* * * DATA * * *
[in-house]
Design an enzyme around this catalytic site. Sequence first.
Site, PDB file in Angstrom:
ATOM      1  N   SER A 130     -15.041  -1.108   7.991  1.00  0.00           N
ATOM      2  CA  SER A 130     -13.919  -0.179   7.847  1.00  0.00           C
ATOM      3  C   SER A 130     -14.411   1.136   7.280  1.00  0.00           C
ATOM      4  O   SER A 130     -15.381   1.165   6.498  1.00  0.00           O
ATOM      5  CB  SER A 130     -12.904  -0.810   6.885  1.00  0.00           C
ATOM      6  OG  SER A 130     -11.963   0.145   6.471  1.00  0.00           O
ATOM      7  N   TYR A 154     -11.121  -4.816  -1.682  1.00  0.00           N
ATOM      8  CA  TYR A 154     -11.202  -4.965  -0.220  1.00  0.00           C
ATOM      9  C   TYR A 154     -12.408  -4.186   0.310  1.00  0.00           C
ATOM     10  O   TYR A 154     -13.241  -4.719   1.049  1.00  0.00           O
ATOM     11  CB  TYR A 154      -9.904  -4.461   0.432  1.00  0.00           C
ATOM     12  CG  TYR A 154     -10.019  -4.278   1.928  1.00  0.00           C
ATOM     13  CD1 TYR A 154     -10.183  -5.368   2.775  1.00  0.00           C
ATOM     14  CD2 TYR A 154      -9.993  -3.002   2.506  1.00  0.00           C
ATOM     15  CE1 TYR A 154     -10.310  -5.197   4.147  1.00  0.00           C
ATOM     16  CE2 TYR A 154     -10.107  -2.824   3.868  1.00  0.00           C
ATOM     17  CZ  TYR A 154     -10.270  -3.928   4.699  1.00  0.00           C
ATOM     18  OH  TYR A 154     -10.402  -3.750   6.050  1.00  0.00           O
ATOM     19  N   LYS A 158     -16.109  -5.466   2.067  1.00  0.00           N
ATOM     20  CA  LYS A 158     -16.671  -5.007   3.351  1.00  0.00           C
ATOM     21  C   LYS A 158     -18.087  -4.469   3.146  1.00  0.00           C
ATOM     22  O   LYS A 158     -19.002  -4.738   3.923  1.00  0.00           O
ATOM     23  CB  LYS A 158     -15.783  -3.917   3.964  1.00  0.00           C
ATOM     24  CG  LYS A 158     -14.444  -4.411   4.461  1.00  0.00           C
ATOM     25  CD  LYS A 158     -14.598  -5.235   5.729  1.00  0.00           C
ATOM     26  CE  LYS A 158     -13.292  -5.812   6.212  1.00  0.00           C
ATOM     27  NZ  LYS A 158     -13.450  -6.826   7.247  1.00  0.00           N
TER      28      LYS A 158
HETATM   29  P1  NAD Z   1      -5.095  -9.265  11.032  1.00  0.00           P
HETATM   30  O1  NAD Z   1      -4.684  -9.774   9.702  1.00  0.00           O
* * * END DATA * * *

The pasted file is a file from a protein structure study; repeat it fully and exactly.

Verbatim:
[in-house]
Design an enzyme around this catalytic site. Sequence first.
Site, PDB file in Angstrom:
ATOM      1  N   SER A 130     -15.041  -1.108   7.991  1.00  0.00           N
ATOM      2  CA  SER A 130     -13.919  -0.179   7.847  1.00  0.00           C
ATOM      3  C   SER A 130     -14.411   1.136   7.280  1.00  0.00           C
ATOM      4  O   SER A 130     -15.381   1.165   6.498  1.00  0.00           O
ATOM      5  CB  SER A 130     -12.904  -0.810   6.885  1.00  0.00           C
ATOM      6  OG  SER A 130     -11.963   0.145   6.471  1.00  0.00           O
ATOM      7  N   TYR A 154     -11.121  -4.816  -1.682  1.00  0.00           N
ATOM      8  CA  TYR A 154     -11.202  -4.965  -0.220  1.00  0.00           C
ATOM      9  C   TYR A 154     -12.408  -4.186   0.310  1.00  0.00           C
ATOM     10  O   TYR A 154     -13.241  -4.719   1.049  1.00  0.00           O
ATOM     11  CB  TYR A 154      -9.904  -4.461   0.432  1.00  0.00           C
ATOM     12  CG  TYR A 154     -10.019  -4.278   1.928  1.00  0.00           C
ATOM     13  CD1 TYR A 154     -10.183  -5.368   2.775  1.00  0.00           C
ATOM     14  CD2 TYR A 154      -9.993  -3.002   2.506  1.00  0.00           C
ATOM     15  CE1 TYR A 154     -10.310  -5.197   4.147  1.00  0.00           C
ATOM     16  CE2 TYR A 154     -10.107  -2.824   3.868  1.00  0.00           C
ATOM     17  CZ  TYR A 154     -10.270  -3.928   4.699  1.00  0.00           C
ATOM     18  OH  TYR A 154     -10.402  -3.750   6.050  1.00  0.00           O
ATOM     19  N   LYS A 158     -16.109  -5.466   2.067  1.00  0.00           N
ATOM     20  CA  LYS A 158     -16.671  -5.007   3.351  1.00  0.00           C
ATOM     21  C   LYS A 158     -18.087  -4.469   3.146  1.00  0.00           C
ATOM     22  O   LYS A 158     -19.002  -4.738   3.923  1.00  0.00           O
ATOM     23  CB  LYS A 158     -15.783  -3.917   3.964  1.00  0.00           C
ATOM     24  CG  LYS A 158     -14.444  -4.411   4.461  1.00  0.00           C
ATOM     25  CD  LYS A 158     -14.598  -5.235   5.729  1.00  0.00           C
ATOM     26  CE  LYS A 158     -13.292  -5.812   6.212  1.00  0.00           C
ATOM     27  NZ  LYS A 158     -13.450  -6.826   7.247  1.00  0.00           N
TER      28      LYS A 158
HETATM   29  P1  NAD Z   1      -5.095  -9.265  11.032  1.00  0.00           P
HETATM   30  O1  NAD Z   1      -4.684  -9.774   9.702  1.00  0.00           O